Superman can see through walls and know what a bad guy is doing, but he would miss what my infrared camera can see. Superman is no help on this job. Know this, there are lots of bad guys in your walls, and you cannot detect their thief-like tendencies.
These so-called “bad guys”, however, are just doing their job. In fact, without them your house wouldn’t be much of a house. We refer to them as 2×4 studs, and there are many of them. They form the structural skeleton we all depend upon to support the roof and make the walls we need.
So, why is such an important component also bad? Why would Superman’s x-ray vision not detect their evil tricks? It is because of their strength that we cannot see their weakness. Sometimes good things hide their weaknesses and we never know they exist.
When I point my infrared camera at a normal wall, I see a picture of a picket fence. The studs show that they are transmitting lots of your energy dollars to the outside’s harsh environment. And you can’t stop them, nor can Superman, at least not easily after the house is built.
The way we build today, thermal heat loss with current insulation levels is not much of a concern. There are only a couple of small issues outside of the Crawl Space that we need to worry about. Most walls have an R-value of 13 plus. The concern comes with the studs that have an R-value of about 4. A 50′ wall has about 56″ of studs. That is 10% of the wall area, and closer to 15% with doors and window framing. The studs are called a “thermal bridge” where your money just leaks out of the house. The story gets even worse at corners and wall intersections.
The HBA’s Habitat house one again comes to the rescue using two of the best solutions. Installed over the OSB we find 1” of insulation board. There are other options like the Dow SIS system, but the 1” continuous insulation here transformed the value to R-9 at the suds, and R-18 at the wall.
The infrared camera can now scarcely still see the studs. In addition, the corners and wall intersections were built with advanced framing techniques (very common for most HBA contractors) further reducing the thermal bridging. We could have added 2×6 studs, at 24” o.c. which would be an automatic additional 3% improvement.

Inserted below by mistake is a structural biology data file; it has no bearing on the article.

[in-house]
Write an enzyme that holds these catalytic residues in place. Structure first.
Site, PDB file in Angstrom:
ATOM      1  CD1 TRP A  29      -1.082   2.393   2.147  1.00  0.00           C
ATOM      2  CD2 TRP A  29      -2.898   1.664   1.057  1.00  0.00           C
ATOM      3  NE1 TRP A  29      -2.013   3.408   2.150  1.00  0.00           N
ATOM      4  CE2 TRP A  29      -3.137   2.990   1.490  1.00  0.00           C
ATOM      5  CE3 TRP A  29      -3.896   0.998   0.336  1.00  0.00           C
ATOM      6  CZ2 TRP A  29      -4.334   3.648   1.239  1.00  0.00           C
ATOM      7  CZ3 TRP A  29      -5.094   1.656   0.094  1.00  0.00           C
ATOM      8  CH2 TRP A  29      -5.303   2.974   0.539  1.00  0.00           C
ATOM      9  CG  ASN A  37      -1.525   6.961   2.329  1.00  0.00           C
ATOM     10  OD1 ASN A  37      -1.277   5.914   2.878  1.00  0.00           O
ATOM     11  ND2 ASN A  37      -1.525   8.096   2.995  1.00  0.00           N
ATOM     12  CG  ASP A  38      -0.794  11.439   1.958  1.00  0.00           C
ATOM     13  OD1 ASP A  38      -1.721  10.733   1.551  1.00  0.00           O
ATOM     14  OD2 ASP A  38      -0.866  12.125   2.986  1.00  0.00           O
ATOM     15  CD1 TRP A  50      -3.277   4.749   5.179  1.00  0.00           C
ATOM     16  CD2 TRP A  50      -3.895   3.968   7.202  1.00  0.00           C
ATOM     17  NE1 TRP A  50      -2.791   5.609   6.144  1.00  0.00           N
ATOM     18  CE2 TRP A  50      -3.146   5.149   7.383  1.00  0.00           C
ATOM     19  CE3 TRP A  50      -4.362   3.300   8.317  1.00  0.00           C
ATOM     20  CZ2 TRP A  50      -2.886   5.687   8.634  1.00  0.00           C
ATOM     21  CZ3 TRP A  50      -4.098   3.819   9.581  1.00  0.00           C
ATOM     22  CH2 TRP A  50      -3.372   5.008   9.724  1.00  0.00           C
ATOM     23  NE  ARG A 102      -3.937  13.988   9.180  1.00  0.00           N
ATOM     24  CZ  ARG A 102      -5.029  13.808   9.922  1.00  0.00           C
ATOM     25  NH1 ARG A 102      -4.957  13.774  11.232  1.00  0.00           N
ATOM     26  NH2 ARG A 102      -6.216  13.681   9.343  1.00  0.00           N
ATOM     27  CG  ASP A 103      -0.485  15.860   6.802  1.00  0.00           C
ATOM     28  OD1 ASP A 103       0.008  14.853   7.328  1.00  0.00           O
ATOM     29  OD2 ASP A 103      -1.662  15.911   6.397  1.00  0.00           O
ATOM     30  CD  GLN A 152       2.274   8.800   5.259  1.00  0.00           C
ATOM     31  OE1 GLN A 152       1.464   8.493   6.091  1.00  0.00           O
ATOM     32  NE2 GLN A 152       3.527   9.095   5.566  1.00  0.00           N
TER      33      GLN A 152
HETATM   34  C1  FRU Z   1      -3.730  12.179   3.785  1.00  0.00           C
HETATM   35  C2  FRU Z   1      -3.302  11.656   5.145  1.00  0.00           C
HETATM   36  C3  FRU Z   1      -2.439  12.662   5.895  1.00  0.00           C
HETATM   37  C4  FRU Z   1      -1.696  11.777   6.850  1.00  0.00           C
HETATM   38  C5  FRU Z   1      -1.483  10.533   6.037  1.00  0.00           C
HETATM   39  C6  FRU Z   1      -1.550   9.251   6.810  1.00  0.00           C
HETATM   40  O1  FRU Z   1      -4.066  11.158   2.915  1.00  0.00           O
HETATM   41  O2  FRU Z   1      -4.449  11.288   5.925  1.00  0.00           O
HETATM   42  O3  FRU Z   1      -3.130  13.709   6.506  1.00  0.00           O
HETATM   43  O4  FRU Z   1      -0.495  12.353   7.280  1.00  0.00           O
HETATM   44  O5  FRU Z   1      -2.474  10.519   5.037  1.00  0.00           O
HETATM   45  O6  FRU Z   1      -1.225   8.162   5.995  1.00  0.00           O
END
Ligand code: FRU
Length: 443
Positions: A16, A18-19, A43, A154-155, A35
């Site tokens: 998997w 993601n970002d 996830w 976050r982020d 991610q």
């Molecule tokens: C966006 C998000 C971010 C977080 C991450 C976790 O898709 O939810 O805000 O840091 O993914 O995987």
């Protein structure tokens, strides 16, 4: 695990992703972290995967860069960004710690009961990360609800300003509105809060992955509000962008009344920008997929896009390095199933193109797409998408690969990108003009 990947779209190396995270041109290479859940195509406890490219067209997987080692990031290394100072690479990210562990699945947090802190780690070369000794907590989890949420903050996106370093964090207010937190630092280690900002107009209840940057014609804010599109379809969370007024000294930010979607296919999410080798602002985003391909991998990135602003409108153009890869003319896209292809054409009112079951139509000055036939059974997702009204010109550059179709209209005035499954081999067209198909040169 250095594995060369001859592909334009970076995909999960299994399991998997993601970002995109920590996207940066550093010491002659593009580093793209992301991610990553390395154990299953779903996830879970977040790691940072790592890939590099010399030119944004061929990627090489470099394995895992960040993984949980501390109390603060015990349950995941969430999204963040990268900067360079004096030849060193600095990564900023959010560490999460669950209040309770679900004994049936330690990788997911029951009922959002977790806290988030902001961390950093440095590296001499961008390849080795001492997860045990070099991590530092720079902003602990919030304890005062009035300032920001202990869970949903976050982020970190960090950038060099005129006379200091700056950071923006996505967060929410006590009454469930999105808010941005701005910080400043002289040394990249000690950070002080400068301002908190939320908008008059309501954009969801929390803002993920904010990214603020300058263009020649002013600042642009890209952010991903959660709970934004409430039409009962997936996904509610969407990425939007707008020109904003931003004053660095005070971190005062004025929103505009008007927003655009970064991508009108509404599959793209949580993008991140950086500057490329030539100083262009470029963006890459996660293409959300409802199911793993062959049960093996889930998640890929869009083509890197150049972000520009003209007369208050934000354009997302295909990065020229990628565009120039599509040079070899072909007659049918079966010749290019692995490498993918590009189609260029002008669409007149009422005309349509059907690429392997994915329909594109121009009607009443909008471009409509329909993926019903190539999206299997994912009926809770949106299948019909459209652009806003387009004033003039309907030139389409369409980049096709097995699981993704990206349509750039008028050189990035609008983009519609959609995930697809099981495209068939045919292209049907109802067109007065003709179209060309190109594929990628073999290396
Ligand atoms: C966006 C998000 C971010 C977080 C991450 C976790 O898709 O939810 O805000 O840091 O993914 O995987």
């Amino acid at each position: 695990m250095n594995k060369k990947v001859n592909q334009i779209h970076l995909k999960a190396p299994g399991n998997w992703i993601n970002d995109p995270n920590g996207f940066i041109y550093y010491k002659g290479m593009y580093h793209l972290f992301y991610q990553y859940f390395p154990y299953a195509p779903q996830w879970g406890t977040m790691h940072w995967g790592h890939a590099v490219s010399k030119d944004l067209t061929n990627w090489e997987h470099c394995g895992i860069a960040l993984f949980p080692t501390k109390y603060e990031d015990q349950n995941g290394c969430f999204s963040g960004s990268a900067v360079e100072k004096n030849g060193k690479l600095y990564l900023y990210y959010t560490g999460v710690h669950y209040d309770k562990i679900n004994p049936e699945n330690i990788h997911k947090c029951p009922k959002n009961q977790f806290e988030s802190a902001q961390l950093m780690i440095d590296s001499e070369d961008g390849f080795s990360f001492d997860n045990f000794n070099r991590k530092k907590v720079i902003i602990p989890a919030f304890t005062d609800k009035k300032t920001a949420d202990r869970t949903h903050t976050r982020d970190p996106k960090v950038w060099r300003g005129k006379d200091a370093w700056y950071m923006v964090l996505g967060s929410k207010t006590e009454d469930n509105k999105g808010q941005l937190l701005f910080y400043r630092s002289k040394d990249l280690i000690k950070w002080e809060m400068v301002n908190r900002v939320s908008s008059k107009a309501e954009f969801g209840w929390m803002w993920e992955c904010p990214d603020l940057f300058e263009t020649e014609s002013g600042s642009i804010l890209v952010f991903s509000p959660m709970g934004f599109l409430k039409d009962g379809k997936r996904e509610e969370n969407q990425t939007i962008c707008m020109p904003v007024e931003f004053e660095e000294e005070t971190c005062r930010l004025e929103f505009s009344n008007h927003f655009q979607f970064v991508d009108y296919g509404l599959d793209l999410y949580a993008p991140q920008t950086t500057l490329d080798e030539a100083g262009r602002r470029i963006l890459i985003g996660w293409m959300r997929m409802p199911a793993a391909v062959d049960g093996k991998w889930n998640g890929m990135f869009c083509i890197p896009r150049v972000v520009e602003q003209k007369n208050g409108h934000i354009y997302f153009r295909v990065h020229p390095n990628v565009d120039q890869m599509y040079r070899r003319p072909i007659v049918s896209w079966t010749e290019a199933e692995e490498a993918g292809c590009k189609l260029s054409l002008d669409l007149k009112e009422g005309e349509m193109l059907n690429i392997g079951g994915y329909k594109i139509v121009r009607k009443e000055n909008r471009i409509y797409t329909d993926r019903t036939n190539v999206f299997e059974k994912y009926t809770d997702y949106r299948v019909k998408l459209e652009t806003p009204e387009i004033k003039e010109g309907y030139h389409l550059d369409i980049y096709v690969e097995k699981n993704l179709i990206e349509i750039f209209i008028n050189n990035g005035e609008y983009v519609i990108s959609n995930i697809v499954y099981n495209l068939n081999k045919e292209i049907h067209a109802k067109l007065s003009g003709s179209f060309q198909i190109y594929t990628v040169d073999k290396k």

It may sound like small things, but the synergies multiply the benefits. With these few techniques we have infiltration improvements, moisture preventions, sound control, insect control and more. A “code built” house today is a great house compared to a few years ago, but to build an “off the chart” efficient house that our customers demand today, we need to do a lot of little things to get there. Do you “see” the vision?
Jim D. Baker, B & G Drafting—HERS Rater and NAHB Verifier with this project.
In January 2011, the HBA of Greater Springfield announced it would partner with Habitat for Humanity of Springfield to build the first two homes in Habitat’s new Builders Circle development. The homes will be certified to the National Green Building Standard and their construction will serve as a demonstration of flexible and affordable methods by which construction professionals can build green in a residential setting.
Jim Baker (B&G Drafting) is a Certified Green Professional (CGP), a HERS Rater, and a certified NAHB Green Building Verifier. He also helped design these and other green-built homes throughout the area. This Builders Circle Project Blog helps keep HBA industry professionals and curious consumers up to date on the latest green building features being incorporated into the project. The blog also provides updates on the project’s latest progress and upcoming needs. Those who would like to help with the project are encouraged to leave their comments at the end of blog posts, or on the project’s facebook page, to offer your assistance.
Jim D. Baker, B and G Drafting – HERS Rater and NAHB Verifier on this project.